Timely bunt rallies Japan past DR in 9th in Olympic opener
FUKUSHIMA, Japan (AP) — At risk of an embarrassing defeat to start the Olympic tournament, the Japanese baseball team turned things around with its signature fundamentals.
Fans of Major League Baseball, be ready: bunting is already big at the Tokyo Olympics.
Kai Takuya drove in the tying run with a perfectly placed squeeze bunt, Hayato Sakamoto followed with a game-ending, bases-loaded single and the Japanese rallied from three runs down in the ninth inning to beat the Dominican Republic 4-3 in the Olympic baseball opener Wednesday.
The underdog Dominicans led 3-1 entering the ninth after starter Cristopher Mercedes dominated a lineup he knows well from his years in Nippon Professional Baseball. Outfielder Johan Mieses also threw out a runner at home in the eighth inning to preserve the lead.
Jairo Asencio (0-1) got the first out of the ninth, then forgot to cover first on Yuki Yanagita’s grounder to first baseman José Bautista, letting Yanagita reach for Japan’s fifth hit of the game.
Asencio allowed two more hits, then Takuya dropped his bunt along the first-base line to easily score pinch-runner Sosuke Genda from third.
"We needed to get some runs in there," Japan manager Astunori Inaba said through an interpreter.
Hardly the play baseball fans from the Western hemisphere might expect — the bunt has fallen out of favor there, but it remains a prized skill in Japan.
“This is something that happens a lot in baseball in Japan, and it’s something we were expecting might happen,” Dominican Republic manager Hector Borg said through a translator. “Unfortunately, we weren’t able to respond to it correctly.”
After Tetsuto Yamada singled to load the bases, Jhan Martinez replaced Asencio. Sakamoto, the 2019 Central League MVP, then drove a ball to the warning track in center to earn the hosts a walk-off victory.
“I'm very relieved to be able to have our first win today,” Sakamoto said through an interpreter. “I believe the first half of the match had a very heavy atmosphere and everybody was very nervous.”
The Japanese got it together in time to avoid a troubling upset.
The host nation is pursuing its first Olympic gold medal in baseball after the sport was restored to the Games for the first time since 2008. Few medals would mean more to the baseball-crazed country, and expectations are high.
While MLB players aren’t at the Tokyo Olympics, Japan’s professional league suspended its season to accommodate the Games. Inaba has many of his country’s best on the roster, including former Yankees starter Masahiro Tanaka, now with the Pacific League’s Rakuten Golden Eagles.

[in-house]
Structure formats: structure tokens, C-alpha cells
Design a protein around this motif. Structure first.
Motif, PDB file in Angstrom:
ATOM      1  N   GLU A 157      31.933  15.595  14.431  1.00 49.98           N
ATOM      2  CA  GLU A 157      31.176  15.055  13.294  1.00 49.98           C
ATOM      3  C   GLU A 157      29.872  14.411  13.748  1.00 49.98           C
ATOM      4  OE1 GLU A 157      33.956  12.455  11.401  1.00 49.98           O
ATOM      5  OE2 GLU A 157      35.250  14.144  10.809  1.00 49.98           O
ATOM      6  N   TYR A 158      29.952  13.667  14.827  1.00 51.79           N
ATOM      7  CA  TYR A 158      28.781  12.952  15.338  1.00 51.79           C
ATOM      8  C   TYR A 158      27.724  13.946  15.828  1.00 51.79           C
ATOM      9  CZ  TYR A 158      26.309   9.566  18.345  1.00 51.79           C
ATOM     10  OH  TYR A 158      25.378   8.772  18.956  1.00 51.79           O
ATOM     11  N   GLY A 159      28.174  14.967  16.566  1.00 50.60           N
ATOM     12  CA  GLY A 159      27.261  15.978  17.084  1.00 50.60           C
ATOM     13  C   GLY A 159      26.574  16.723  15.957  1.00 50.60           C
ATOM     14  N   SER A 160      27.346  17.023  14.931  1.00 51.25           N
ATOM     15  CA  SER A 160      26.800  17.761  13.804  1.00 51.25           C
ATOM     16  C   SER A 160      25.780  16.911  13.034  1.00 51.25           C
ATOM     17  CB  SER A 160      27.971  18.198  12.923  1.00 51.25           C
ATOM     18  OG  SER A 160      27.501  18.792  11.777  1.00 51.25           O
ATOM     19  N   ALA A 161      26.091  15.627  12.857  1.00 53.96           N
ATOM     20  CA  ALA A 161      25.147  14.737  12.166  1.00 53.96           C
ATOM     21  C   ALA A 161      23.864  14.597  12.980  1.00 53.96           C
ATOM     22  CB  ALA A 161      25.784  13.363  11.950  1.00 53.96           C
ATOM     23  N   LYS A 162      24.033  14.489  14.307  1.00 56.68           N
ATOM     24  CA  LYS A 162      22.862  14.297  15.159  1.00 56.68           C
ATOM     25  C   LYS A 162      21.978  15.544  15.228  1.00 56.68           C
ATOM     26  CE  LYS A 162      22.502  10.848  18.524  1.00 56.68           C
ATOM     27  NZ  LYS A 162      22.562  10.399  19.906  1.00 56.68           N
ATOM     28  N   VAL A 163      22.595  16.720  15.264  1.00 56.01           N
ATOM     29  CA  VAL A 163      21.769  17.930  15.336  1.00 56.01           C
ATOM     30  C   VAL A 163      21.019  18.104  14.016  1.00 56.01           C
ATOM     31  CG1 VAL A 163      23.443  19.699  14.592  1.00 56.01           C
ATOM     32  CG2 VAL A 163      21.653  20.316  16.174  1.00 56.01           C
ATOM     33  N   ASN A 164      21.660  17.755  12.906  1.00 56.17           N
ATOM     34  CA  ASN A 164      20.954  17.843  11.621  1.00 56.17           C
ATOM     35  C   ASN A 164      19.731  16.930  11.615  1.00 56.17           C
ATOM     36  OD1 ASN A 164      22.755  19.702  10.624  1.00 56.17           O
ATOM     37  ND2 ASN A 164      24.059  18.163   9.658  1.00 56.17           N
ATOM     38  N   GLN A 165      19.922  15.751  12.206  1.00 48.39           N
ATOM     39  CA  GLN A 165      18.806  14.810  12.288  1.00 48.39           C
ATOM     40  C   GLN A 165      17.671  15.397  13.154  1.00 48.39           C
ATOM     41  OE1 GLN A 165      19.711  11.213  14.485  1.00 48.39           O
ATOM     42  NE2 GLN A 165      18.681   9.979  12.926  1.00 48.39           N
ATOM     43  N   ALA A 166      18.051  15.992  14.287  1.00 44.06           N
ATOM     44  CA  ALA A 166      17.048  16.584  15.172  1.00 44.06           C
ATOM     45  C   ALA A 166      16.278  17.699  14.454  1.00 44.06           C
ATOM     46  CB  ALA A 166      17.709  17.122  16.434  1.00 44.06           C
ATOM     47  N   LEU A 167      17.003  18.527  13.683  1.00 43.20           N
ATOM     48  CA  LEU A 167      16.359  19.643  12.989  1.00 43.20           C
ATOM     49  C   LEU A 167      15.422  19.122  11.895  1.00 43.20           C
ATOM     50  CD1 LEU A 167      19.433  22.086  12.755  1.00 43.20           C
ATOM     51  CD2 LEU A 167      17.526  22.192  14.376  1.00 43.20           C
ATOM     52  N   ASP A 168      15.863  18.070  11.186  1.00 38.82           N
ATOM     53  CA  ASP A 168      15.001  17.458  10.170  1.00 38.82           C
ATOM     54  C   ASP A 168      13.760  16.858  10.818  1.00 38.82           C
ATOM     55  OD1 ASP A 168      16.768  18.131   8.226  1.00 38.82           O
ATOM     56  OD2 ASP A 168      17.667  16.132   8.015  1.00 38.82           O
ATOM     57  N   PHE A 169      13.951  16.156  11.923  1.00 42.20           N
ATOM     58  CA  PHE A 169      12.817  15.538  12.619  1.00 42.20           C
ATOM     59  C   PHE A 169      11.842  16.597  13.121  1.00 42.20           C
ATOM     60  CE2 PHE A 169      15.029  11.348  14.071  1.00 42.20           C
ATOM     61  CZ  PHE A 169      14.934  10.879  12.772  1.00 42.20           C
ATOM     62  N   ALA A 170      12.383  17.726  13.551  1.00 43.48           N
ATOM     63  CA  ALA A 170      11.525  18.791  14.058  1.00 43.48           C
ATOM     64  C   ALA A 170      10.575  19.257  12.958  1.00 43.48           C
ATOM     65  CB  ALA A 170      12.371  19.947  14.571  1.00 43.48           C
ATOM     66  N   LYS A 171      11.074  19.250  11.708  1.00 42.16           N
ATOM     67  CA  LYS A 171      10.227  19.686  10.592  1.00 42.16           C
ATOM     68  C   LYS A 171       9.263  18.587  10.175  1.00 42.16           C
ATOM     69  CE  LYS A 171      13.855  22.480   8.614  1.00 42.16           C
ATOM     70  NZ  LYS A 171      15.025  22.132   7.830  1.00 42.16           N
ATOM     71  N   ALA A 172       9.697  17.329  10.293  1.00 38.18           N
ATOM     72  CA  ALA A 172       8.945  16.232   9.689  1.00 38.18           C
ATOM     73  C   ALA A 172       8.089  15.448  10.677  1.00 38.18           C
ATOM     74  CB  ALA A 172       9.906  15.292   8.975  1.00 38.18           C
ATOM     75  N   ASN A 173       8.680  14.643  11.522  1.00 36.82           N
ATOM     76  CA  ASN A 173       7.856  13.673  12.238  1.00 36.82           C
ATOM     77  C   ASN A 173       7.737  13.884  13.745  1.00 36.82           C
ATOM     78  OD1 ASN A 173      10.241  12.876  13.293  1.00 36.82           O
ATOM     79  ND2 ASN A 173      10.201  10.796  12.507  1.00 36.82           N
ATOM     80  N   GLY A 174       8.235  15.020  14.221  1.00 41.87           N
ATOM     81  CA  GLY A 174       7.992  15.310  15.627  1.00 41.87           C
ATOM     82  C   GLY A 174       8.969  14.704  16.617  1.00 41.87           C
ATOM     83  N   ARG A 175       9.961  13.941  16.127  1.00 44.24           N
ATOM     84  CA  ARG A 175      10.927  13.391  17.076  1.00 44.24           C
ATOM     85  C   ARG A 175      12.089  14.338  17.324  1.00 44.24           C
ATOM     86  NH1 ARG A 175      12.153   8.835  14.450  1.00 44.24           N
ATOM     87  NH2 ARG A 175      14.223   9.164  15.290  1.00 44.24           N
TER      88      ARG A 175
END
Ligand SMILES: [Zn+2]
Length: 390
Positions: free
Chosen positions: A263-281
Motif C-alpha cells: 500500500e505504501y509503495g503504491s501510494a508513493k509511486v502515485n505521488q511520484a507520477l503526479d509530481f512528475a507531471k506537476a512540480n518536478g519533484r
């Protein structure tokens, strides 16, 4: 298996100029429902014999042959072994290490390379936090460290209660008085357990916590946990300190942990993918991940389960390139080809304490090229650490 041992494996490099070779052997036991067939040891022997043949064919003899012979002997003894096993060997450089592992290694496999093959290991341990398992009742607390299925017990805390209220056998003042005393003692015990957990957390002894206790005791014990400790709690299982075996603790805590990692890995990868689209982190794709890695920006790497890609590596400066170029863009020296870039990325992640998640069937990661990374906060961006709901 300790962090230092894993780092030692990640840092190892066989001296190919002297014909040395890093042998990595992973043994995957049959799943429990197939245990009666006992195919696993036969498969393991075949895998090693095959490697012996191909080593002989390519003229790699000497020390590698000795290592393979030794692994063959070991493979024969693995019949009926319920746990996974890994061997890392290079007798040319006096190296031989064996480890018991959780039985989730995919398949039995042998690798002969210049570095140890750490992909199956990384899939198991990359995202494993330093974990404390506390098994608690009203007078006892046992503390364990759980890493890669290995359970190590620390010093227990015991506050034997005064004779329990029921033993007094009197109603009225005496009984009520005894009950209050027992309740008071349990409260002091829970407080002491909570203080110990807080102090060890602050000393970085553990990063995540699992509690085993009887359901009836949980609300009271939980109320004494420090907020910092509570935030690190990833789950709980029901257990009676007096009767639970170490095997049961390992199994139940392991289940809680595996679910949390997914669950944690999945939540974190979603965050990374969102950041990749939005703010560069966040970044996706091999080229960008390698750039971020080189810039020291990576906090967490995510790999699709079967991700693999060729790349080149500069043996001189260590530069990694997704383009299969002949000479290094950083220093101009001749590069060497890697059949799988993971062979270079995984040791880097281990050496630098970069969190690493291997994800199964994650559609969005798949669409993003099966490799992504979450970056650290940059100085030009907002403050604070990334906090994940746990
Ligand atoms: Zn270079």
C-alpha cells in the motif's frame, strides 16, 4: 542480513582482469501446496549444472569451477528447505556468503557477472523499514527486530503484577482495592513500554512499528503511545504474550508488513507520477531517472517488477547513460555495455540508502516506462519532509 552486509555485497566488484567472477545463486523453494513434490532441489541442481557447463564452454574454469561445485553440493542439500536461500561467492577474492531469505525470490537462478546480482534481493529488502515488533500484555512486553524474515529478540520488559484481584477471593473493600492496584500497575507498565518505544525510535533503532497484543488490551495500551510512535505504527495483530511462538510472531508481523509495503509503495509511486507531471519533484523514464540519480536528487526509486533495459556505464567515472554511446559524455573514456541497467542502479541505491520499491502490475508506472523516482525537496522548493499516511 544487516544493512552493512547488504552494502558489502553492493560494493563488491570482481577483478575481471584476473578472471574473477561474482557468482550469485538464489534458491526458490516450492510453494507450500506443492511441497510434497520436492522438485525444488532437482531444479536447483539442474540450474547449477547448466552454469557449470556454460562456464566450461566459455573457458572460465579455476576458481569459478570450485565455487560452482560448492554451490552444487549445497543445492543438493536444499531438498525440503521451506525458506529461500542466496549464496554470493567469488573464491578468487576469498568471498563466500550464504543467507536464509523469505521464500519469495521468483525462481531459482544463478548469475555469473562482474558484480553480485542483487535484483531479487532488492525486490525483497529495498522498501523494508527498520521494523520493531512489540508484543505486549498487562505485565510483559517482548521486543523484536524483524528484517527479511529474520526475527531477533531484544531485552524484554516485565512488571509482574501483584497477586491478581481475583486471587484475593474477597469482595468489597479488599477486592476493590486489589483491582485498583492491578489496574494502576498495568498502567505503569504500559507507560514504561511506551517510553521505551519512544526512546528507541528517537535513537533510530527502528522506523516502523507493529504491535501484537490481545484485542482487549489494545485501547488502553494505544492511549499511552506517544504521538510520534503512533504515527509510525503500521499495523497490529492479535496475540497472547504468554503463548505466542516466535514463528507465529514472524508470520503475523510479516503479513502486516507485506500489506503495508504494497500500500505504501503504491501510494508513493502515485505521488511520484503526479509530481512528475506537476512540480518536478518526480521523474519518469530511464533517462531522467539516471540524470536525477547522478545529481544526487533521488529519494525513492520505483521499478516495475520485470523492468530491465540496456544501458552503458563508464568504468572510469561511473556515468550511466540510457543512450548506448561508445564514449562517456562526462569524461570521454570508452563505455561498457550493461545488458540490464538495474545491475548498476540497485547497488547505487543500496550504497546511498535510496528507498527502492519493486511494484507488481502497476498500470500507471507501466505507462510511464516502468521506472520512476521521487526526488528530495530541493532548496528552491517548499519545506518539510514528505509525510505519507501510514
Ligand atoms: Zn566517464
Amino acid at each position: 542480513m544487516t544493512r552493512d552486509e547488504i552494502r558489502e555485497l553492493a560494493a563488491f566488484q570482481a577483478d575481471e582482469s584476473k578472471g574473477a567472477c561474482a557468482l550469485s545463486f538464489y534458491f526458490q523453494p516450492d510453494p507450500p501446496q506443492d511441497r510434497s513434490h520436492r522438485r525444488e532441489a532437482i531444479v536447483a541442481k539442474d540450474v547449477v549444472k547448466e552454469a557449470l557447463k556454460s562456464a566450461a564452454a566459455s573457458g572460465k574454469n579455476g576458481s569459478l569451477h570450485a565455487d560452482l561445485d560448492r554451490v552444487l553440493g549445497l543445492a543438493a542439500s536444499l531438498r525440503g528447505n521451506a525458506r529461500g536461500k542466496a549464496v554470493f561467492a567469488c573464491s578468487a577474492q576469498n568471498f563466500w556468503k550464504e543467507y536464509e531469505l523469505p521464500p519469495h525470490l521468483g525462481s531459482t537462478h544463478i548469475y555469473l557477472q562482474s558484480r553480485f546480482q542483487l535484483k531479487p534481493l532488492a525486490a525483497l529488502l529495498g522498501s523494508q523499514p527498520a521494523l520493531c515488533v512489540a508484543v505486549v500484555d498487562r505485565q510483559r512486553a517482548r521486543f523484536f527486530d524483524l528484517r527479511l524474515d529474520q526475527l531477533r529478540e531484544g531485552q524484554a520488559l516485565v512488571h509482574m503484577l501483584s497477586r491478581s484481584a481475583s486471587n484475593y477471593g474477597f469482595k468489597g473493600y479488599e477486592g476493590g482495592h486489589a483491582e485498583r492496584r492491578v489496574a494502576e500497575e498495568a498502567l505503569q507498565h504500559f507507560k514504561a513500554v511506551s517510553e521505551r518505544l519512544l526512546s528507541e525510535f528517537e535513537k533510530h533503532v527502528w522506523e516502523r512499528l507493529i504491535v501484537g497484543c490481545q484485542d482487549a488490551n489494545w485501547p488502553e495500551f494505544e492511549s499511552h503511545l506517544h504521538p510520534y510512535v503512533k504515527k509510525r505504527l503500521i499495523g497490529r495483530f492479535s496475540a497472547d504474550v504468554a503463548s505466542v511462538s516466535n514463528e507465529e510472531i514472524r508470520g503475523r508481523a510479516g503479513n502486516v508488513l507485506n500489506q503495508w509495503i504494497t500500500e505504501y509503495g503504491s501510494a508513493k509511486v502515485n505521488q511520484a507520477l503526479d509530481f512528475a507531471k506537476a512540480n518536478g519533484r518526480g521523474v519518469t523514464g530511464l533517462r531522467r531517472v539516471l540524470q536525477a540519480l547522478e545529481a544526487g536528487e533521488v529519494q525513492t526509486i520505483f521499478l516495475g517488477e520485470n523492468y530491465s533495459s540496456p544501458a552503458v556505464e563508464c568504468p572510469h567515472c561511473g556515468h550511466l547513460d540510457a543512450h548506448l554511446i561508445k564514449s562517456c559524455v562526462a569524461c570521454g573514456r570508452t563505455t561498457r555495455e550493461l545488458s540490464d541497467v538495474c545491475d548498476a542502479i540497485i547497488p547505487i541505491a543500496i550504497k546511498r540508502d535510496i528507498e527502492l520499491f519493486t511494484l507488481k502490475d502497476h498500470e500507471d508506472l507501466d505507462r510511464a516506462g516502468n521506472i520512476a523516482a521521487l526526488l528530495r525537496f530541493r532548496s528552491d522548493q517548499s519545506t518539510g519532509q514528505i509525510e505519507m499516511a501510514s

Inaba instead gave the ball to Orix Buffaloes ace Yoshinobu Yamamoto, a 22-year-old three-time All-Star in Japan who could have a stateside future. He delivered six scoreless innings, striking out seven with one walk, two hits and 88 pitches in his first high-profile international appearance.
Mercedes was every bit as good against a loaded lineup. The 27-year-old — in his fifth season with the Pacific League's Yomiuri Giants — cruised into the seventh leading 2-0. He struck out seven and walked one over six innings, no surprise to fans who have watched him go 5-1 with a 2.31 ERA for the Giants this year.
Borg sent Mercedes back out for the seventh with his pitch count at 96, but Mercedes was pulled after leadoff hits from Hideto Asamura and Yanagita.
Right-hander Luis Castillo allowed a fielder’s choice RBI groundout to Munetaka Murakami but preserved a 2-1 lead. Prized Seattle Mariners prospect Julio Rodríguez made a running catch in right field for the final out of the inning.
Mieses kept it that way with his bullet throw in the eighth. Yamada tried to score from second base on Mastaka Yoshida’s single, but Mieses’ strike allowed Valerio to tag Yamada on the shoulder as he slid toward the plate.
The Dominicans went ahead 2-0 on Charlie Valerio's double in the seventh against sidearming reliever Koyo Aoyogi and led 3-1 after Gustavo Nunez's ninth-inning RBI double off Hiroshima right-hander Ryoji Kuribayashi (1-0).
The opener was staged at a 14,300-seat stadium in the northern prefecture of Fukushima after the area was devastated by an earthquake in 2011. Organizers hoped to lure tourists and also host fans from the region, but like most venues at the Tokyo Games, no spectators were allowed.
“I'm really hoping our match today was able to give a motivational message to the people here,” Inaba said.
Among the few locals in attendance: 14-year-old pitcher Yuma Takara threw out the ceremonial first pitch with International Olympic Committee President Thomas Bach and Japanese baseball great Sadaharu Oh watching.
The rest of the tournament will be played at Yokohoma Stadium closer to Tokyo.
The Dominicans haven’t played in the Olympics since 1992, when they finished sixth out of eight teams. Despite a roster featuring former big league stars Bautista and Melky Cabrera, they were the last team to punch a Tokyo ticket by winning a qualifying tournament over Venezuela and the Netherlands in Mexico in June.
Japan made some late roster moves, including dropping Central League MVP Tomoyuki Sugano. The left-hander is expected to be pursued by major league teams during the offseason.
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